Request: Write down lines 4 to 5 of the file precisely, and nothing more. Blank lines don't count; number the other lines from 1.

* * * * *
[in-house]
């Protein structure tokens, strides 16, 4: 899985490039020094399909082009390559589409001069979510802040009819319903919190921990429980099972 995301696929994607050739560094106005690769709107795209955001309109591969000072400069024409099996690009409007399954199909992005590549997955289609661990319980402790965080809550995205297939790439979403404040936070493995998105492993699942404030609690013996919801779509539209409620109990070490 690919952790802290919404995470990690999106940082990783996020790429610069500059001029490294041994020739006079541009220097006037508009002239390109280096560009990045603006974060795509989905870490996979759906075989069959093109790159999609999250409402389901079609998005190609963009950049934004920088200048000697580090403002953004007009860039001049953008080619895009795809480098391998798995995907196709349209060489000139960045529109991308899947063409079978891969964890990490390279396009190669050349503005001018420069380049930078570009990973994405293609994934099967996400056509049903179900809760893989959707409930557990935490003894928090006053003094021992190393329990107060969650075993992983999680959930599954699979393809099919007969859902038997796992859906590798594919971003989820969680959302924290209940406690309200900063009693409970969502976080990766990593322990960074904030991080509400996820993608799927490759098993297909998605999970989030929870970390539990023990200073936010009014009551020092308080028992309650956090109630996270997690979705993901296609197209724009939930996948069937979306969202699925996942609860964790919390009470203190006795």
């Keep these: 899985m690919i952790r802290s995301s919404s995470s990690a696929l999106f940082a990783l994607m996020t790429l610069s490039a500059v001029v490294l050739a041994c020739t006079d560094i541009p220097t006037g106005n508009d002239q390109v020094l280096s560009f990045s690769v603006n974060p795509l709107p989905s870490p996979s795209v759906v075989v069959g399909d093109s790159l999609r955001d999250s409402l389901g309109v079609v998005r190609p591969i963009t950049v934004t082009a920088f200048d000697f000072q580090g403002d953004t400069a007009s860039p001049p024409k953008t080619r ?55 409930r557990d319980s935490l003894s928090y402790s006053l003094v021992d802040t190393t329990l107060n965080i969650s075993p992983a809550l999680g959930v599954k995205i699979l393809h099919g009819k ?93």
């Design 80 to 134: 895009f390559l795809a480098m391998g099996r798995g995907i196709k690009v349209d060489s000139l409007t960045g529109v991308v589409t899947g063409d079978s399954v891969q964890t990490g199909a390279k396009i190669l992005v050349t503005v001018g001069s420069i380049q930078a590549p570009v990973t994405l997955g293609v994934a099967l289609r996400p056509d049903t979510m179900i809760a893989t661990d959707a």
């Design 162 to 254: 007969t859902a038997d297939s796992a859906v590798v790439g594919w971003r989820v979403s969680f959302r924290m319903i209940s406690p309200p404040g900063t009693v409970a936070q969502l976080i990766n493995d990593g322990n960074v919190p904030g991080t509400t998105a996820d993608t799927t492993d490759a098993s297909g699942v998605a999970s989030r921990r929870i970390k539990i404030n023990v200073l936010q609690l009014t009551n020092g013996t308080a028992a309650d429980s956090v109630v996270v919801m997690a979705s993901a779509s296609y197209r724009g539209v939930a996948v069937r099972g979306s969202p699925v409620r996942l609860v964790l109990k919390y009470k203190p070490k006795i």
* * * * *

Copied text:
């Design 80 to 134: 895009f390559l795809a480098m391998g099996r798995g995907i196709k690009v349209d060489s000139l409007t960045g529109v991308v589409t899947g063409d079978s399954v891969q964890t990490g199909a390279k396009i190669l992005v050349t503005v001018g001069s420069i380049q930078a590549p570009v990973t994405l997955g293609v994934a099967l289609r996400p056509d049903t979510m179900i809760a893989t661990d959707a």
């Design 162 to 254: 007969t859902a038997d297939s796992a859906v590798v790439g594919w971003r989820v979403s969680f959302r924290m319903i209940s406690p309200p404040g900063t009693v409970a936070q969502l976080i990766n493995d990593g322990n960074v919190p904030g991080t509400t998105a996820d993608t799927t492993d490759a098993s297909g699942v998605a999970s989030r921990r929870i970390k539990i404030n023990v200073l936010q609690l009014t009551n020092g013996t308080a028992a309650d429980s956090v109630v996270v919801m997690a979705s993901a779509s296609y197209r724009g539209v939930a996948v069937r099972g979306s969202p699925v409620r996942l609860v964790l109990k919390y009470k203190p070490k006795i």